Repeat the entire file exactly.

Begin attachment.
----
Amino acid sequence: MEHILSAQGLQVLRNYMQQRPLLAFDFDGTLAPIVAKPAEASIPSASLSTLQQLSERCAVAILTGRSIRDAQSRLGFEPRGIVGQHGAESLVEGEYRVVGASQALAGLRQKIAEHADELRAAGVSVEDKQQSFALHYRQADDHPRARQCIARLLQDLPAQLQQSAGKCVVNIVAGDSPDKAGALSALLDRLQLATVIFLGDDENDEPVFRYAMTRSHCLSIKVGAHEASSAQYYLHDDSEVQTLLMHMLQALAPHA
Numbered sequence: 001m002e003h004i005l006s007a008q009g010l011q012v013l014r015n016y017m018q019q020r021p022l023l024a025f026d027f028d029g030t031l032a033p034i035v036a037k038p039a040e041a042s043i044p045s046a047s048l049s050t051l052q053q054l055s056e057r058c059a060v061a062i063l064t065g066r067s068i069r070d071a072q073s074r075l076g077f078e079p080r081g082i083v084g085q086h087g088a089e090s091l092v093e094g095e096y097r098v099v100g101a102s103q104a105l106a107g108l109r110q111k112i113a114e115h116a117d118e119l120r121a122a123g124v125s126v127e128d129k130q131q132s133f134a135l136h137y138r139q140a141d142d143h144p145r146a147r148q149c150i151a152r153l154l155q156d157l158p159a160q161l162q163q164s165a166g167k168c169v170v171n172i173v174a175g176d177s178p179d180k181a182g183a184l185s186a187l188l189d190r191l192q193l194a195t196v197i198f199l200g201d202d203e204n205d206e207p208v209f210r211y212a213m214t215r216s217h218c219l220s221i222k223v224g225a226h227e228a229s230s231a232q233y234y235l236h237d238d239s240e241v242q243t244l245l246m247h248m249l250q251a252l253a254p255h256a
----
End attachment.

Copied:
Amino acid sequence: MEHILSAQGLQVLRNYMQQRPLLAFDFDGTLAPIVAKPAEASIPSASLSTLQQLSERCAVAILTGRSIRDAQSRLGFEPRGIVGQHGAESLVEGEYRVVGASQALAGLRQKIAEHADELRAAGVSVEDKQQSFALHYRQADDHPRARQCIARLLQDLPAQLQQSAGKCVVNIVAGDSPDKAGALSALLDRLQLATVIFLGDDENDEPVFRYAMTRSHCLSIKVGAHEASSAQYYLHDDSEVQTLLMHMLQALAPHA
Numbered sequence: 001m002e003h004i005l006s007a008q009g010l011q012v013l014r015n016y017m018q019q020r021p022l023l024a025f026d027f028d029g030t031l032a033p034i035v036a037k038p039a040e041a042s043i044p045s046a047s048l049s050t051l052q053q054l055s056e057r058c059a060v061a062i063l064t065g066r067s068i069r070d071a072q073s074r075l076g077f078e079p080r081g082i083v084g085q086h087g088a089e090s091l092v093e094g095e096y097r098v099v100g101a102s103q104a105l106a107g108l109r110q111k112i113a114e115h116a117d118e119l120r121a122a123g124v125s126v127e128d129k130q131q132s133f134a135l136h137y138r139q140a141d142d143h144p145r146a147r148q149c150i151a152r153l154l155q156d157l158p159a160q161l162q163q164s165a166g167k168c169v170v171n172i173v174a175g176d177s178p179d180k181a182g183a184l185s186a187l188l189d190r191l192q193l194a195t196v197i198f199l200g201d202d203e204n205d206e207p208v209f210r211y212a213m214t215r216s217h218c219l220s221i222k223v224g225a226h227e228a229s230s231a232q233y234y235l236h237d238d239s240e241v242q243t244l245l246m247h248m249l250q251a252l253a254p255h256a